Now that I’ve reclaimed the word Liberal from the barbarian hordes in American television and politics, I thought I should expand the topic so that we are all equally confused again.
Liberal, we agreed, comes from the Latin liber, meaning free. It is a philosophy of freedom. Nuff said.
Actually, no. There are so many ways of thinking about freedom that it quickly makes your head spin.
Political, national and personal
In this course, Rufus Fears, a professor I quite like, distinguishes between political, national and personal freedom. You can have personal freedom without political and national freedom (colonial America, Hong Kong within China) and national freedom without political and personal freedom (post-colonial Singapore under Lee Kuan Yew, in my opinion).
Negative and positive
Another way of thinking about it is negative versus positive freedoms. Negative freedom is about being left alone by somebody powerful, probably the government: no confiscations, intrusions, invasions of privacy, etc. Positive freedom is the opposite: an intervention by somebody, probably the government, to improve your life. Among Franklin D. Roosevelt’s “four freedoms”, the third one is a positive freedom:
- Freedom of speech
- Freedom of religion
- Freedom from want
- Freedom from fear
Existential and spiritual
Then there are the likes of Gautama Siddhartha, aka the Buddha, and Soren Kierkegaard, pictured above. They took thinking about freedom to a whole new level. The Buddha (and his contemporary, Patanjali) showed us that oppression comes from our own mind–its fears, craving, anger, and desire in general–so that freedom is about making the mind still. It is internal to every individual.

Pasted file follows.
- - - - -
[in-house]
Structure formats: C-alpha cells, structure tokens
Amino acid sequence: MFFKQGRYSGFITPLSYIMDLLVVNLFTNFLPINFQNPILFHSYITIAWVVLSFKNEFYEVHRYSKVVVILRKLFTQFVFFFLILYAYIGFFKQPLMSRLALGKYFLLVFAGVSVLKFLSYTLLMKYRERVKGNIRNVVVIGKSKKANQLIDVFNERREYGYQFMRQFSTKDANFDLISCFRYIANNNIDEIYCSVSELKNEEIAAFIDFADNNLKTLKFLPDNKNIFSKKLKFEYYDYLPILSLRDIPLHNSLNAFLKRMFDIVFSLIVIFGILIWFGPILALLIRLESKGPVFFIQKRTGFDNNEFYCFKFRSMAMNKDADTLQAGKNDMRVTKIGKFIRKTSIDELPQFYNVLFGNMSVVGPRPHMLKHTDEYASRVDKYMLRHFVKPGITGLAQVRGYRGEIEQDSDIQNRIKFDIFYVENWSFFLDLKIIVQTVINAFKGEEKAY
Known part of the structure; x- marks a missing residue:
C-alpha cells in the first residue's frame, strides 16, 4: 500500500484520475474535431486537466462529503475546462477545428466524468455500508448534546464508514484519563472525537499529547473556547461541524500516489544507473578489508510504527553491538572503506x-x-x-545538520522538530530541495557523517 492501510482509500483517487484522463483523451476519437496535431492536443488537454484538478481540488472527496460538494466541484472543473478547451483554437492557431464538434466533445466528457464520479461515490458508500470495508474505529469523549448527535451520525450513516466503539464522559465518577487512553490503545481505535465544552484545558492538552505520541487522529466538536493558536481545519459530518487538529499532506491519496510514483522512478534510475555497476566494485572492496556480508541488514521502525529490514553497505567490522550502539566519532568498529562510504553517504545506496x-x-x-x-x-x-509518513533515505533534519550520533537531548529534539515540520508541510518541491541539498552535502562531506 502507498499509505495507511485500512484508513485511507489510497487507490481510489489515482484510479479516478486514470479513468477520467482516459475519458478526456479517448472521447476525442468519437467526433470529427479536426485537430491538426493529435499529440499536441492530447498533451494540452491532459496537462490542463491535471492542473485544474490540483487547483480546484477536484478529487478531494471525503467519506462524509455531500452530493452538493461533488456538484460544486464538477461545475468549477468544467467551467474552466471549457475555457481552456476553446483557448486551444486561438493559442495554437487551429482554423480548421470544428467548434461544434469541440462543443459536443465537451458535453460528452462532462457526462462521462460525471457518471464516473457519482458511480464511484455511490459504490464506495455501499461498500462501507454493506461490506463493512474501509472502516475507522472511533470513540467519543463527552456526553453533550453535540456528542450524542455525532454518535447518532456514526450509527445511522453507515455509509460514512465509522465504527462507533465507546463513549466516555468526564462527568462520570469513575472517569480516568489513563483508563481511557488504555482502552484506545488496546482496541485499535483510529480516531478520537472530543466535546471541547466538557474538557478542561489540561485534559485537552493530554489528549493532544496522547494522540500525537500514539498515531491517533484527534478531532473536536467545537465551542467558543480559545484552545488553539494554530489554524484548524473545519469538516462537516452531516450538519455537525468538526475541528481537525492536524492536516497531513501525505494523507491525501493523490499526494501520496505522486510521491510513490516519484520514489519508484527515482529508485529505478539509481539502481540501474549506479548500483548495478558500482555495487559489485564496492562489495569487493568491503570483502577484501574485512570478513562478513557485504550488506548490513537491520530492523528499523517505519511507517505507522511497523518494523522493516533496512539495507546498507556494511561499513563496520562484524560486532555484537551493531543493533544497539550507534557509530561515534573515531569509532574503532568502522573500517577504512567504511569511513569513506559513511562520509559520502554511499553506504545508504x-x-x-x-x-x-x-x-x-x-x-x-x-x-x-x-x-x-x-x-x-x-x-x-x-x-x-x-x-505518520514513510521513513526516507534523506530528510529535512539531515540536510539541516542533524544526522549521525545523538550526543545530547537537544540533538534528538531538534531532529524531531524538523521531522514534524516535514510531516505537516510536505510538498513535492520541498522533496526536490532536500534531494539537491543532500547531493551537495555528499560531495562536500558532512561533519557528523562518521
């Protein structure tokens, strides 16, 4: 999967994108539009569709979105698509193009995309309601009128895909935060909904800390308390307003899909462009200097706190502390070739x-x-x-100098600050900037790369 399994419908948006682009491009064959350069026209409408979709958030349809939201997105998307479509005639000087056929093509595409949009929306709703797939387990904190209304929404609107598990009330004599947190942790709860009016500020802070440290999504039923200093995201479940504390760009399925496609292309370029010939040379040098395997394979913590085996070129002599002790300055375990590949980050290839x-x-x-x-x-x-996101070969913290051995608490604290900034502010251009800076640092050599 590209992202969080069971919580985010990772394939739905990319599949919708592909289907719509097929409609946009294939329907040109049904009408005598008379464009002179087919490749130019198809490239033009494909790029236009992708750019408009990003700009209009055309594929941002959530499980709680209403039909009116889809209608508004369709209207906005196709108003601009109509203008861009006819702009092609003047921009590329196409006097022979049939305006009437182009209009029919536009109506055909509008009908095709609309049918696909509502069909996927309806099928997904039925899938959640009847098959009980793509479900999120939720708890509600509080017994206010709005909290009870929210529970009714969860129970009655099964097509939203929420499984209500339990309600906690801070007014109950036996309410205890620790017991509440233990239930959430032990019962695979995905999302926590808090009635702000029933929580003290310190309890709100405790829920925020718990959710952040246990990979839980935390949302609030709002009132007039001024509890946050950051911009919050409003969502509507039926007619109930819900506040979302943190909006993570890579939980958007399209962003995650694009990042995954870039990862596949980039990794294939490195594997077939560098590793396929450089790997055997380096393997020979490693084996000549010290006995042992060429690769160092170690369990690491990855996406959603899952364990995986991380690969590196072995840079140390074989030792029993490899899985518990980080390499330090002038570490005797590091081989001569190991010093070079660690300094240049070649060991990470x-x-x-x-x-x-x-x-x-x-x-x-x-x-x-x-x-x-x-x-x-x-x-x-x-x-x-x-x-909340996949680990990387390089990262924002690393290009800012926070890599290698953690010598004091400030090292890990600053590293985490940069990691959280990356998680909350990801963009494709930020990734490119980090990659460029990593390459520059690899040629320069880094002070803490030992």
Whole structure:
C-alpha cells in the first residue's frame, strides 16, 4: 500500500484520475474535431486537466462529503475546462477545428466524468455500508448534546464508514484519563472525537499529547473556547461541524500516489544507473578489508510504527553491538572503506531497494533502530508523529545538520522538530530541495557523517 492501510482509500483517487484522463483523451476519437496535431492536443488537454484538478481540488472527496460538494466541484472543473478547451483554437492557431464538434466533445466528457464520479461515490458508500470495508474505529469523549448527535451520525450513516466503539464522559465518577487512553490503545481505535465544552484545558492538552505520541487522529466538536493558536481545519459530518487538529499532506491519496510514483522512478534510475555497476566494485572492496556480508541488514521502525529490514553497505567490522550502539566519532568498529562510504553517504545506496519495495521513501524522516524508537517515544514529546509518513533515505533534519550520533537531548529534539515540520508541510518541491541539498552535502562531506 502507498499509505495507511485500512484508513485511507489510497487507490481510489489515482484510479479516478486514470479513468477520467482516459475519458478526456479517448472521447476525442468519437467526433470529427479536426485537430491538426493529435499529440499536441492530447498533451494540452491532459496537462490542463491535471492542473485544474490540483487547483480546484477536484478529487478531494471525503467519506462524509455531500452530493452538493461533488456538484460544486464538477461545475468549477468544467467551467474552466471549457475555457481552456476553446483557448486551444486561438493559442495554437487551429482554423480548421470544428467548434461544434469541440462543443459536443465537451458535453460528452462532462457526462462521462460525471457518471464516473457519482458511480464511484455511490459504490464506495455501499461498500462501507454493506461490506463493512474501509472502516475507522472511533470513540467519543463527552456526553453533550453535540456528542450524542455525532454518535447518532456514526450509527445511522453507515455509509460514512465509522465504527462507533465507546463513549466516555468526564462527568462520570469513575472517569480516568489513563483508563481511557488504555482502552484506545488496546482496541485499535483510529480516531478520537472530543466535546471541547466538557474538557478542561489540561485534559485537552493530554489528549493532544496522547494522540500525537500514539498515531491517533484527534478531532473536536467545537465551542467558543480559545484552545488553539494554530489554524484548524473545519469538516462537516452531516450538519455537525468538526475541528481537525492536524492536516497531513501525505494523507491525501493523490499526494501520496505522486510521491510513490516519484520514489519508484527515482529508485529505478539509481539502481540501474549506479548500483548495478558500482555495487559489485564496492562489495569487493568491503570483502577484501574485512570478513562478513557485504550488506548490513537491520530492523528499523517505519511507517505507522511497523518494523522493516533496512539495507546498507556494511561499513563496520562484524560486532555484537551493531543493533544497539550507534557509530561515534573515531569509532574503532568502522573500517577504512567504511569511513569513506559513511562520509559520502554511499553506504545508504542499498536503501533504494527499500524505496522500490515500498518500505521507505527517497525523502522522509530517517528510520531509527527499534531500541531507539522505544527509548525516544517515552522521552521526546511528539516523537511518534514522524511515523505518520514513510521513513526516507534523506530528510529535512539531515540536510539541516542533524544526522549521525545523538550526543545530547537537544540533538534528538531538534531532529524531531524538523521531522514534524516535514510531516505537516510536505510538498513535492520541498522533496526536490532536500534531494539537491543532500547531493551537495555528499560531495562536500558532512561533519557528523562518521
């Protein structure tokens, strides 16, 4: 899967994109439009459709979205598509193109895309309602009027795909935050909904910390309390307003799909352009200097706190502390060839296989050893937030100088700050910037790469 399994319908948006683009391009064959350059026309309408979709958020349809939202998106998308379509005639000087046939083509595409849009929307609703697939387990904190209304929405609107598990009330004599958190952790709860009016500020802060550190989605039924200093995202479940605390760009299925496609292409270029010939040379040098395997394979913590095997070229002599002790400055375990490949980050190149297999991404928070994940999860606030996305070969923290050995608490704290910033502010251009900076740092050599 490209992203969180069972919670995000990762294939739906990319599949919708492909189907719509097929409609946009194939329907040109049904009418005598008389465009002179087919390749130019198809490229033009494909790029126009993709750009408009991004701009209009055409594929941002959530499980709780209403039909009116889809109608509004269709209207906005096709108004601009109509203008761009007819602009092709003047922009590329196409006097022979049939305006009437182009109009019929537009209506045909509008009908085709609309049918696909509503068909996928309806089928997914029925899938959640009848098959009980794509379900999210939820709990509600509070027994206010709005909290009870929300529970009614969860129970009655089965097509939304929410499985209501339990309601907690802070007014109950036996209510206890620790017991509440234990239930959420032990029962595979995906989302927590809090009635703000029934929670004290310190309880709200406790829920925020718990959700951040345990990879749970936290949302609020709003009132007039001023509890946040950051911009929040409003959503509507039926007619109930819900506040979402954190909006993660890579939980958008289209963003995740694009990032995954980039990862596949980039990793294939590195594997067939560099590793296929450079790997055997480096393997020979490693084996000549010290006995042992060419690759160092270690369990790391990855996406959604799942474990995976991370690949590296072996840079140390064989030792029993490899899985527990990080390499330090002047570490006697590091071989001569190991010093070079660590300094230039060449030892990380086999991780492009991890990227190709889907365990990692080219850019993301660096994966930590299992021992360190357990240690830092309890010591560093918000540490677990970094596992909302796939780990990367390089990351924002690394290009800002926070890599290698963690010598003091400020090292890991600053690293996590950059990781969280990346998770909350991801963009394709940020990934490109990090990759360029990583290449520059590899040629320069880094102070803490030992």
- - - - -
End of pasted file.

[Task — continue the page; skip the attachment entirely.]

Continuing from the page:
Kierkegaard and the Existentialists who followed him would agree with that but draw a different conclusion. Because we are free, we are free to screw everything up and we know it. This makes us anxious. So freedom leads to Angst (whereas the Buddha’s freedom comes after Angst has finally become quiet).
The problem of choice
Then there is the entirely new and modern problem of too much choice. Thanks to Richard, I found a TED video by Barry Schwartz, a psychologist, in which he dispels the myth that more choice equals, or leads to, freedom. Instead, it increasingly paralyzes and enslaves us.
When you are stumped
- in your supermarket aisle by the 175 salad dressings before you;
- in your electronics store by the 6.5 million permutations of stereo systems on offer;
- or with your 401(k) paperwork by the 2,000 mutual funds available,
then you are not really free. You just give up. You will regret whatever you do choose, because the other options might have been better. And you will blame yourself because now it’s your fault that life is not perfect. I think of this as Kierkegaard 2.o.